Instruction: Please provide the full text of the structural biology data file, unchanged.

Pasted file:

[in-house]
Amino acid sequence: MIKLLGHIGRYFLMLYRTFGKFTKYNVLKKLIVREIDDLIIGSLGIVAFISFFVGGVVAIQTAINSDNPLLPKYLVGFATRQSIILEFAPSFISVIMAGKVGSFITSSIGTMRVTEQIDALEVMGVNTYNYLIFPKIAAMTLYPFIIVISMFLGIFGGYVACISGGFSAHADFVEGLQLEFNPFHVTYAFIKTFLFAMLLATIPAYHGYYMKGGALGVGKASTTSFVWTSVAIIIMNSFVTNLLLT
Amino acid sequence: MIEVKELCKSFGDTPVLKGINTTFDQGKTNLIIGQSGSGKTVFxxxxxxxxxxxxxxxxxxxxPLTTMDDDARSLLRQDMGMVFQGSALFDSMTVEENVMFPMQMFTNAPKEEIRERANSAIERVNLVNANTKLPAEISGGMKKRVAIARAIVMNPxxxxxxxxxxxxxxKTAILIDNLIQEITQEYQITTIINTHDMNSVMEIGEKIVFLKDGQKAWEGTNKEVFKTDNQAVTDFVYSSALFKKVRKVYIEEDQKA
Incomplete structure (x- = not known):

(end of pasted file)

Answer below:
[in-house]
Amino acid sequence: MIKLLGHIGRYFLMLYRTFGKFTKYNVLKKLIVREIDDLIIGSLGIVAFISFFVGGVVAIQTAINSDNPLLPKYLVGFATRQSIILEFAPSFISVIMAGKVGSFITSSIGTMRVTEQIDALEVMGVNTYNYLIFPKIAAMTLYPFIIVISMFLGIFGGYVACISGGFSAHADFVEGLQLEFNPFHVTYAFIKTFLFAMLLATIPAYHGYYMKGGALGVGKASTTSFVWTSVAIIIMNSFVTNLLLT
Amino acid sequence: MIEVKELCKSFGDTPVLKGINTTFDQGKTNLIIGQSGSGKTVFxxxxxxxxxxxxxxxxxxxxPLTTMDDDARSLLRQDMGMVFQGSALFDSMTVEENVMFPMQMFTNAPKEEIRERANSAIERVNLVNANTKLPAEISGGMKKRVAIARAIVMNPxxxxxxxxxxxxxxKTAILIDNLIQEITQEYQITTIINTHDMNSVMEIGEKIVFLKDGQKAWEGTNKEVFKTDNQAVTDFVYSSALFKKVRKVYIEEDQKA
Incomplete structure (x- = not known):